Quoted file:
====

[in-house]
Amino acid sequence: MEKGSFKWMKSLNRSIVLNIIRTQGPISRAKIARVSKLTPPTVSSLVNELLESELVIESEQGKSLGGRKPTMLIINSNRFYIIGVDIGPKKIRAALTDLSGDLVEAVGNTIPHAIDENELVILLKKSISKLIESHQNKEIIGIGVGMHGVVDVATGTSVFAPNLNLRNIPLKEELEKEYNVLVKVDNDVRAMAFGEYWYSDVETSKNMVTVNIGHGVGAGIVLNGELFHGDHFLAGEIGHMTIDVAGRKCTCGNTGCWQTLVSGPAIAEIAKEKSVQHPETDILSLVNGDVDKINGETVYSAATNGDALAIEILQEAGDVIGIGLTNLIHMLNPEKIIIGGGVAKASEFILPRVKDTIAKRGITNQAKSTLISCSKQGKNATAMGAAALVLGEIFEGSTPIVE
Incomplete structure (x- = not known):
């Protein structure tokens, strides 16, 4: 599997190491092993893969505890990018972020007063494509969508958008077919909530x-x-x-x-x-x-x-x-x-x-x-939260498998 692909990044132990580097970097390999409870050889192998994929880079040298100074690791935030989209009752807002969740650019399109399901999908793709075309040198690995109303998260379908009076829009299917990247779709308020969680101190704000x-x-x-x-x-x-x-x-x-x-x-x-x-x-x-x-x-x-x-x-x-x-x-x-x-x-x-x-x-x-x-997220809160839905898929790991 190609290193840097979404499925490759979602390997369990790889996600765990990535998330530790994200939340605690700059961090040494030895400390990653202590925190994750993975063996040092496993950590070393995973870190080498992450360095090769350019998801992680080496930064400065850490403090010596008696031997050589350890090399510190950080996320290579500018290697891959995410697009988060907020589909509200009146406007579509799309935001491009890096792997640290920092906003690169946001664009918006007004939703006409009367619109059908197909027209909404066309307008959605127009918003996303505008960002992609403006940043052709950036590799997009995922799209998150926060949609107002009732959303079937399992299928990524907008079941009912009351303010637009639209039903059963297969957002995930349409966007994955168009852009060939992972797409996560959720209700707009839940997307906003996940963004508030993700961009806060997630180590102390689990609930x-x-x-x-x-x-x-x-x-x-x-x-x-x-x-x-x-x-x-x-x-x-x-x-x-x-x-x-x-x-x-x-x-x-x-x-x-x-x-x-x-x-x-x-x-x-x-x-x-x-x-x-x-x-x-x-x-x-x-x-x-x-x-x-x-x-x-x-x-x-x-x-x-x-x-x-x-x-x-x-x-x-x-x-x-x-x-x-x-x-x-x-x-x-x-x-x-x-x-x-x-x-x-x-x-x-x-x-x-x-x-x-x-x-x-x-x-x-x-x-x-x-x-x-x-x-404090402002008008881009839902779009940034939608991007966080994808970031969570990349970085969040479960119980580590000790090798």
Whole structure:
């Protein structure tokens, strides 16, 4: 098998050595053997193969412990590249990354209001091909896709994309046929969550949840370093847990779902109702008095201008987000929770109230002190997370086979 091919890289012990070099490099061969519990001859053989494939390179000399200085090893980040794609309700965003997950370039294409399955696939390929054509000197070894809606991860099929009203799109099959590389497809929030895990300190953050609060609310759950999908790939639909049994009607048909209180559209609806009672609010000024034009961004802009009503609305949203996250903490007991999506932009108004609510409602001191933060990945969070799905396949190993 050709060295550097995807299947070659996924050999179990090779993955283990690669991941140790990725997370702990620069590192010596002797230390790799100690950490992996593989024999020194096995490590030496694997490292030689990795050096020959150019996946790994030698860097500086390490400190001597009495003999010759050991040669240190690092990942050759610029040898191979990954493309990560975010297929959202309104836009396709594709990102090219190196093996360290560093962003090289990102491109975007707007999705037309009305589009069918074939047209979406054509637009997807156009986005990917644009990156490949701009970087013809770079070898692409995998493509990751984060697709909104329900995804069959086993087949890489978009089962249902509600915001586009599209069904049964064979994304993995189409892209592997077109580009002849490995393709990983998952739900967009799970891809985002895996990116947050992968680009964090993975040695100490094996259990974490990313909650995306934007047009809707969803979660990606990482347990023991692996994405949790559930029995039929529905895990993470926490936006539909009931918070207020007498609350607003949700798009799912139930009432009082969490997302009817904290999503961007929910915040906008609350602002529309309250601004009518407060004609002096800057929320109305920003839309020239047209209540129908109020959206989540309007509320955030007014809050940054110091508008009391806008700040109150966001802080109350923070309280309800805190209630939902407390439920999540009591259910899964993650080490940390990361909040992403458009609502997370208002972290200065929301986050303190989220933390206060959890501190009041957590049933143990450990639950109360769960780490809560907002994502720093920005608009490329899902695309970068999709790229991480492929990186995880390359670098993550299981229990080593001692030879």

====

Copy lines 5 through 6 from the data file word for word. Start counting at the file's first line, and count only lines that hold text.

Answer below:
Whole structure:
């Protein structure tokens, strides 16, 4: 098998050595053997193969412990590249990354209001091909896709994309046929969550949840370093847990779902109702008095201008987000929770109230002190997370086979 091919890289012990070099490099061969519990001859053989494939390179000399200085090893980040794609309700965003997950370039294409399955696939390929054509000197070894809606991860099929009203799109099959590389497809929030895990300190953050609060609310759950999908790939639909049994009607048909209180559209609806009672609010000024034009961004802009009503609305949203996250903490007991999506932009108004609510409602001191933060990945969070799905396949190993 050709060295550097995807299947070659996924050999179990090779993955283990690669991941140790990725997370702990620069590192010596002797230390790799100690950490992996593989024999020194096995490590030496694997490292030689990795050096020959150019996946790994030698860097500086390490400190001597009495003999010759050991040669240190690092990942050759610029040898191979990954493309990560975010297929959202309104836009396709594709990102090219190196093996360290560093962003090289990102491109975007707007999705037309009305589009069918074939047209979406054509637009997807156009986005990917644009990156490949701009970087013809770079070898692409995998493509990751984060697709909104329900995804069959086993087949890489978009089962249902509600915001586009599209069904049964064979994304993995189409892209592997077109580009002849490995393709990983998952739900967009799970891809985002895996990116947050992968680009964090993975040695100490094996259990974490990313909650995306934007047009809707969803979660990606990482347990023991692996994405949790559930029995039929529905895990993470926490936006539909009931918070207020007498609350607003949700798009799912139930009432009082969490997302009817904290999503961007929910915040906008609350602002529309309250601004009518407060004609002096800057929320109305920003839309020239047209209540129908109020959206989540309007509320955030007014809050940054110091508008009391806008700040109150966001802080109350923070309280309800805190209630939902407390439920999540009591259910899964993650080490940390990361909040992403458009609502997370208002972290200065929301986050303190989220933390206060959890501190009041957590049933143990450990639950109360769960780490809560907002994502720093920005608009490329899902695309970068999709790229991480492929990186995880390359670098993550299981229990080593001692030879």